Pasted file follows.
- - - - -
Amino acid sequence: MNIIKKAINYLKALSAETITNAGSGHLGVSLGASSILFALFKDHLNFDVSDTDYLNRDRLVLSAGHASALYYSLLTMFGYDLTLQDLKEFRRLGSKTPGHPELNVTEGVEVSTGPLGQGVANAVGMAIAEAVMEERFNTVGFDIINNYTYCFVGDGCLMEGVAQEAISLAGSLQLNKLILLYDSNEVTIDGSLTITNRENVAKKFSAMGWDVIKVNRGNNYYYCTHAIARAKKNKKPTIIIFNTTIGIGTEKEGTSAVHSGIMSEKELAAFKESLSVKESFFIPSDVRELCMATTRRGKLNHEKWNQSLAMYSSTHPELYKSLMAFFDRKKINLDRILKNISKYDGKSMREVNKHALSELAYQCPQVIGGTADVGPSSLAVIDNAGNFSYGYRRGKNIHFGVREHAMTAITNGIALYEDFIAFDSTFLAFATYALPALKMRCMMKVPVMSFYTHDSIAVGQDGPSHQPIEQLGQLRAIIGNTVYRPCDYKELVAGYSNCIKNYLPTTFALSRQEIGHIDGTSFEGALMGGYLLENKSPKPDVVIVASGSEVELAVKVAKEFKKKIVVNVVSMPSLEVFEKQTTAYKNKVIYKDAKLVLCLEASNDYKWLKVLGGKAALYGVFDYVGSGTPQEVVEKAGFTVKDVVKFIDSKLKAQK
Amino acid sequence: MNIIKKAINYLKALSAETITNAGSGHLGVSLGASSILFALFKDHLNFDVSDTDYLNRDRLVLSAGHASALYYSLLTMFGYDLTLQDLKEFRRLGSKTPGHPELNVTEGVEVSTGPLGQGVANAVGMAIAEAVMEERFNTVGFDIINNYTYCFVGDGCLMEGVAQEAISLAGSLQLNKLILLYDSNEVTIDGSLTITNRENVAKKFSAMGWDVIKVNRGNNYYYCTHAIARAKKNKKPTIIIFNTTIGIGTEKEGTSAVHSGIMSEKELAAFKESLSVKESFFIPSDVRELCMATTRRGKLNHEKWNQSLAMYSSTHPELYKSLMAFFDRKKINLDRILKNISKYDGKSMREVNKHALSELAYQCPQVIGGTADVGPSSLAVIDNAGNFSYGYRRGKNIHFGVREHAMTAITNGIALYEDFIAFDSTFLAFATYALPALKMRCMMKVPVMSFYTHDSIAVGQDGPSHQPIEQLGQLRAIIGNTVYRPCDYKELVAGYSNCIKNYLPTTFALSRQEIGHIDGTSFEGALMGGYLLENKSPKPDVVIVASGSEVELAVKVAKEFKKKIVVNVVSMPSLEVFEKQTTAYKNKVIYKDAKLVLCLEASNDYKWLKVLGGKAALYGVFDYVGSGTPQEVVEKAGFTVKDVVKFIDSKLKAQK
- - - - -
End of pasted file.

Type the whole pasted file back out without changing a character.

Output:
Amino acid sequence: MNIIKKAINYLKALSAETITNAGSGHLGVSLGASSILFALFKDHLNFDVSDTDYLNRDRLVLSAGHASALYYSLLTMFGYDLTLQDLKEFRRLGSKTPGHPELNVTEGVEVSTGPLGQGVANAVGMAIAEAVMEERFNTVGFDIINNYTYCFVGDGCLMEGVAQEAISLAGSLQLNKLILLYDSNEVTIDGSLTITNRENVAKKFSAMGWDVIKVNRGNNYYYCTHAIARAKKNKKPTIIIFNTTIGIGTEKEGTSAVHSGIMSEKELAAFKESLSVKESFFIPSDVRELCMATTRRGKLNHEKWNQSLAMYSSTHPELYKSLMAFFDRKKINLDRILKNISKYDGKSMREVNKHALSELAYQCPQVIGGTADVGPSSLAVIDNAGNFSYGYRRGKNIHFGVREHAMTAITNGIALYEDFIAFDSTFLAFATYALPALKMRCMMKVPVMSFYTHDSIAVGQDGPSHQPIEQLGQLRAIIGNTVYRPCDYKELVAGYSNCIKNYLPTTFALSRQEIGHIDGTSFEGALMGGYLLENKSPKPDVVIVASGSEVELAVKVAKEFKKKIVVNVVSMPSLEVFEKQTTAYKNKVIYKDAKLVLCLEASNDYKWLKVLGGKAALYGVFDYVGSGTPQEVVEKAGFTVKDVVKFIDSKLKAQK
Amino acid sequence: MNIIKKAINYLKALSAETITNAGSGHLGVSLGASSILFALFKDHLNFDVSDTDYLNRDRLVLSAGHASALYYSLLTMFGYDLTLQDLKEFRRLGSKTPGHPELNVTEGVEVSTGPLGQGVANAVGMAIAEAVMEERFNTVGFDIINNYTYCFVGDGCLMEGVAQEAISLAGSLQLNKLILLYDSNEVTIDGSLTITNRENVAKKFSAMGWDVIKVNRGNNYYYCTHAIARAKKNKKPTIIIFNTTIGIGTEKEGTSAVHSGIMSEKELAAFKESLSVKESFFIPSDVRELCMATTRRGKLNHEKWNQSLAMYSSTHPELYKSLMAFFDRKKINLDRILKNISKYDGKSMREVNKHALSELAYQCPQVIGGTADVGPSSLAVIDNAGNFSYGYRRGKNIHFGVREHAMTAITNGIALYEDFIAFDSTFLAFATYALPALKMRCMMKVPVMSFYTHDSIAVGQDGPSHQPIEQLGQLRAIIGNTVYRPCDYKELVAGYSNCIKNYLPTTFALSRQEIGHIDGTSFEGALMGGYLLENKSPKPDVVIVASGSEVELAVKVAKEFKKKIVVNVVSMPSLEVFEKQTTAYKNKVIYKDAKLVLCLEASNDYKWLKVLGGKAALYGVFDYVGSGTPQEVVEKAGFTVKDVVKFIDSKLKAQK